For the record; can anyone educate me on any publications from insurance carriers the requirement for reporting and taking pics of 4 shiners in a 4’ run on a truss.
Thanks in advance

Are they trying to build a case for denying 8D RDA?

No, I had this question asked and searched for an answer in publications I’m familiar with and couldn’t find anything that required it. Just wanted others to share their knowledge if they were aware of any directive.

I am not aware of ANY insurance carrier publications with this info… except maybe Citizens… but it would be an internal memo and not public.

What is a shiner?

A shiner is an exposed nail in the attic where the carpenter missed the truss. We are required to take a pic of it to show what size nail was used for the roof deck.

This is the only time I have seen this condition referenced also. It was/is a re-inspection guideline.

I remember the good ole days when a shiner was some of the best Bass bait you could use :slight_smile:

A shiner in England is a black eye…

I’ve seen that type as well :slight_smile:

Thanks Greg :slight_smile:

Back in the day…and if I did this, I’d have been fired…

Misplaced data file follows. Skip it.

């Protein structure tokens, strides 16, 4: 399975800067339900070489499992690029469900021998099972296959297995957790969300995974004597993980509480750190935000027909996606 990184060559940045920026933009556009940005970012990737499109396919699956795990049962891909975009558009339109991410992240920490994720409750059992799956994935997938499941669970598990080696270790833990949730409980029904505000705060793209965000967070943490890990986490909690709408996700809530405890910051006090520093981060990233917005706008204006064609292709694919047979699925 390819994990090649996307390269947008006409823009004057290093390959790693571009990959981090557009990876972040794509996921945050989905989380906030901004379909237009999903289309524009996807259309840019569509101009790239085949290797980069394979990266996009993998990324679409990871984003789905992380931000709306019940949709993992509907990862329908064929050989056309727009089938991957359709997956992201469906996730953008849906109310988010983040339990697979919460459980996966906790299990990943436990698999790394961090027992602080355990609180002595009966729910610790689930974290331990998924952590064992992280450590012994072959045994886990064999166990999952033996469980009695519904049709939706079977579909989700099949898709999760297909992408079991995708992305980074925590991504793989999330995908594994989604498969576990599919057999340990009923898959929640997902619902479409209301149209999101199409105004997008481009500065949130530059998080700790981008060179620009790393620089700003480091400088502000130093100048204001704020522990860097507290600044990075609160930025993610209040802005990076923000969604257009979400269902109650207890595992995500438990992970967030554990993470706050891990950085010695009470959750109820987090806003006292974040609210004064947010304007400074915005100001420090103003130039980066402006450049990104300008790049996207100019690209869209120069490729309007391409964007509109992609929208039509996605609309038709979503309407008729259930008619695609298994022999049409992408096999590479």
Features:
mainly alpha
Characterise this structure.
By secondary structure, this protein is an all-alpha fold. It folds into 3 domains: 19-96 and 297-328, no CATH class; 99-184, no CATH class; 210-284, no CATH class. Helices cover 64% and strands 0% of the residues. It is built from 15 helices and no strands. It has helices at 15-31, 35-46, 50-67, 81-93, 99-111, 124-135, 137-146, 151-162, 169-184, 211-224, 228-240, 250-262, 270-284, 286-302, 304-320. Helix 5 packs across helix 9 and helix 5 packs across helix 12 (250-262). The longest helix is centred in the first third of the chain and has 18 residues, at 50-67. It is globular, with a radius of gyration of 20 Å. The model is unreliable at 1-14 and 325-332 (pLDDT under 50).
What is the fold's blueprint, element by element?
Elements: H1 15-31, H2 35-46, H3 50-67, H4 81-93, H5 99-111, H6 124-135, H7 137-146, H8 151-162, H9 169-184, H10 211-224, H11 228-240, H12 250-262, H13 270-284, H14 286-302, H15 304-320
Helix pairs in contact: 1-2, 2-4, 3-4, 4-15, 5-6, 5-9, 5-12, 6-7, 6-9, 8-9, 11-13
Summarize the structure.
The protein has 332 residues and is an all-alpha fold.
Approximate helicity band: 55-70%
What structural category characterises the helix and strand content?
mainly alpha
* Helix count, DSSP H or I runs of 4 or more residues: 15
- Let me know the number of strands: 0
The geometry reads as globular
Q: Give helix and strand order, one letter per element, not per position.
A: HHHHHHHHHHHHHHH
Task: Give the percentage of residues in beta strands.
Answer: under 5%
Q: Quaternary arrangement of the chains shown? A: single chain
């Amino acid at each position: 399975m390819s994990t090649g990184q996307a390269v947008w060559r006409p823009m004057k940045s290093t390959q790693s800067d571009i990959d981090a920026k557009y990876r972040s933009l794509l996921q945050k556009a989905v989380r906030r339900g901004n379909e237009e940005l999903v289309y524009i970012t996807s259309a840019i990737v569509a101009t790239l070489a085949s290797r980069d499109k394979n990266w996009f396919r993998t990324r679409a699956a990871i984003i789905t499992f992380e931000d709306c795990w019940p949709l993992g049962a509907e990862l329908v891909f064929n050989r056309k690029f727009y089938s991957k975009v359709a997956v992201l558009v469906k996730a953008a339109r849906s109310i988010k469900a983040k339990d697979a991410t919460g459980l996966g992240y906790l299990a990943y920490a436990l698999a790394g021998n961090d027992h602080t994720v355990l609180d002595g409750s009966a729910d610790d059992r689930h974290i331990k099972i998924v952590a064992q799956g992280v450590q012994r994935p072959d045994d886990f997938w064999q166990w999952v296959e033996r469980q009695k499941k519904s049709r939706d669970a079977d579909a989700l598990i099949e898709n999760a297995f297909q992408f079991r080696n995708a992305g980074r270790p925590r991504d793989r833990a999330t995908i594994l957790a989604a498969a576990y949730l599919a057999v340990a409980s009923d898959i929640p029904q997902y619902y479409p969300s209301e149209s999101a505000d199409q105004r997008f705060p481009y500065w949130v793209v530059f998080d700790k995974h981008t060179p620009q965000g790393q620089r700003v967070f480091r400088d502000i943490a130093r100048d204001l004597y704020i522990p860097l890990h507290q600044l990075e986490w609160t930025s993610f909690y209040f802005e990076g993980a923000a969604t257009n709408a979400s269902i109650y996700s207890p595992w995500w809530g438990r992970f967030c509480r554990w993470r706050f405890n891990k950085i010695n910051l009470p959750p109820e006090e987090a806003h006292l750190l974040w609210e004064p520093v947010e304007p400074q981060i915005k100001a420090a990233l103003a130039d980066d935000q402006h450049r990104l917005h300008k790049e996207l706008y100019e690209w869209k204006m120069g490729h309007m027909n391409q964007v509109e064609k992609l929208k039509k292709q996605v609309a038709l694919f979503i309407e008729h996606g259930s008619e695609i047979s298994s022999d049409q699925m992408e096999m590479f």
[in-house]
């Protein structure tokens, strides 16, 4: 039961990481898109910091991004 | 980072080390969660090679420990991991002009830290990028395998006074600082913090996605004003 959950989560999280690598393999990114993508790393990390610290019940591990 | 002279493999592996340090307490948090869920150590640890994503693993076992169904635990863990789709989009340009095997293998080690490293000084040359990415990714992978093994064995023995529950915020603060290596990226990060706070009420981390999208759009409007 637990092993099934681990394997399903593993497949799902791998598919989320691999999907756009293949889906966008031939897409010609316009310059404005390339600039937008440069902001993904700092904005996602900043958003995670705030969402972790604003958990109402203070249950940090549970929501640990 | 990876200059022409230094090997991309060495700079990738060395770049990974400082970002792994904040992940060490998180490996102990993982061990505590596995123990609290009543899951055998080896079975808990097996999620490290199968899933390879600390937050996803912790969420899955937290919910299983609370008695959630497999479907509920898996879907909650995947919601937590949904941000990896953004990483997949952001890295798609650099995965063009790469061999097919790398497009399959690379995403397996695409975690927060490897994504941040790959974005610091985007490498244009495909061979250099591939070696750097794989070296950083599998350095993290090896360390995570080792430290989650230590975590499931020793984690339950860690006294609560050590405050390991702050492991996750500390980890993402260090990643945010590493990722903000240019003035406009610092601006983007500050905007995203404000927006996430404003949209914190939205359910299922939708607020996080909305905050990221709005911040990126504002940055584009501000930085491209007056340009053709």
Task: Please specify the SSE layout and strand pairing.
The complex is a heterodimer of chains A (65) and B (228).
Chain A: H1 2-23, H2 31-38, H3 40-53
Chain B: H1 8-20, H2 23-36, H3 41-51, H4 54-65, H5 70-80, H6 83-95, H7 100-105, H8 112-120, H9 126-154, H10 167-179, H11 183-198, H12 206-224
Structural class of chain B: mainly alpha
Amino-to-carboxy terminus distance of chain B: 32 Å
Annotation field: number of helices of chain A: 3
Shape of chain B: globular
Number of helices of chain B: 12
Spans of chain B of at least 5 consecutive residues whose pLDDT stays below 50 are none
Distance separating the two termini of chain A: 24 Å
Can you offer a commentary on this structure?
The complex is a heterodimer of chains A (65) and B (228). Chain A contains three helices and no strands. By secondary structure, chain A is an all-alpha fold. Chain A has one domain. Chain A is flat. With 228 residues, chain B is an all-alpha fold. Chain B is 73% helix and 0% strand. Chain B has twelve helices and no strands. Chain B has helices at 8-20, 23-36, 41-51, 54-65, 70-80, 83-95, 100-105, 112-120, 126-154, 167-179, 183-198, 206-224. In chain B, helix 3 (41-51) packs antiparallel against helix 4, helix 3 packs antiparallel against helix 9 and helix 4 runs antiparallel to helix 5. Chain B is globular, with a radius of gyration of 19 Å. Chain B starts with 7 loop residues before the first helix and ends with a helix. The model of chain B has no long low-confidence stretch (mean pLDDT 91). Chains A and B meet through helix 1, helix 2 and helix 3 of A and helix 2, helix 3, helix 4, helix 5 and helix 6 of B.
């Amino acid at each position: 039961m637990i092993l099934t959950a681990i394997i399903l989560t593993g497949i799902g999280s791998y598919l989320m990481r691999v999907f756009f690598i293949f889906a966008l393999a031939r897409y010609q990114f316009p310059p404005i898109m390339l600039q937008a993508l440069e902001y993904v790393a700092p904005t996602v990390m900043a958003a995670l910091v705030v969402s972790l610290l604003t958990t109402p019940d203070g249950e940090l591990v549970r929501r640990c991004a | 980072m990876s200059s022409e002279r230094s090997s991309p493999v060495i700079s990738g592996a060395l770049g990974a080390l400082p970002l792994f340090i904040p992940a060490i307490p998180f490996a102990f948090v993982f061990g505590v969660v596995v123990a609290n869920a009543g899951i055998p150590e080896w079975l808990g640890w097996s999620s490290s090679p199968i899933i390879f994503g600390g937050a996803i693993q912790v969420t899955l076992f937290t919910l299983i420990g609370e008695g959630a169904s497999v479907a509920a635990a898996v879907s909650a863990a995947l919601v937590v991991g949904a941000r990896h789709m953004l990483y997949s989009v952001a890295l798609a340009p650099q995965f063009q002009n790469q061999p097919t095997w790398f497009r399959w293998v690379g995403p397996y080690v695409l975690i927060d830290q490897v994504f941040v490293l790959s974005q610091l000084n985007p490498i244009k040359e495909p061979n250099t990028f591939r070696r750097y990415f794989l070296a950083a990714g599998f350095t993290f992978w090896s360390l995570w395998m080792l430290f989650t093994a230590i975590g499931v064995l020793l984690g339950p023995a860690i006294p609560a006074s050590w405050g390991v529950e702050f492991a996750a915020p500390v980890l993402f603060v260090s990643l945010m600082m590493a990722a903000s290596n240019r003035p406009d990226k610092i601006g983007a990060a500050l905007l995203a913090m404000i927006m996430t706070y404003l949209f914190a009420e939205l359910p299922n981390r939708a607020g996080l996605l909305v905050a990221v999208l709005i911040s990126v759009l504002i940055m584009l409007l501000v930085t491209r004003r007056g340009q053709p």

Those are the ones that hurt my head

Yep, that is a nail that happened to fall out of the framers pouch. I have seen previous inspectors mark roofing nail spacing in between the trusses as the “Field” spacing…got a chuckle out of that.

He was spacing the sheathing…Maybe.
Any H-clips shown ?

That is exactly what he was doing as I did it way back in the 80s that way. Part of my job was to remove those nails after the decking was nailed.

No .
I just did my CE and in the Wind Mit section…
If it wasn’t documented during roofing there is no way to tell if they are 8D ring shank with full round heads . Unless you can get to one and pull it out.

That is not how any framer would provide spacing without H-clips. That nail was hanging in between the seams…nothing to hold it there until the other sheet is placed (it just fell in there from above). Spacing nails would be half driven into the truss to hold it there.

Then they must have been really sloppy as there were about 100 plus of them!
I am sure you are aware, plywood isn’t exactly perfectly square.

You would slide the plywood down tight, move it up, place the nails in the joint, then let the plywood slide down on the two nails. You could then “roll” the decking side to side to get it where it needed to be on the trusses, spaced away from the previous piece of plywood.

What do I know…I only did it for 2 years…:roll:

Another roofer I know used to use nickels, the employees nickels, on the beams as you stated above. Back in those days, a nickel was a lot! :wink: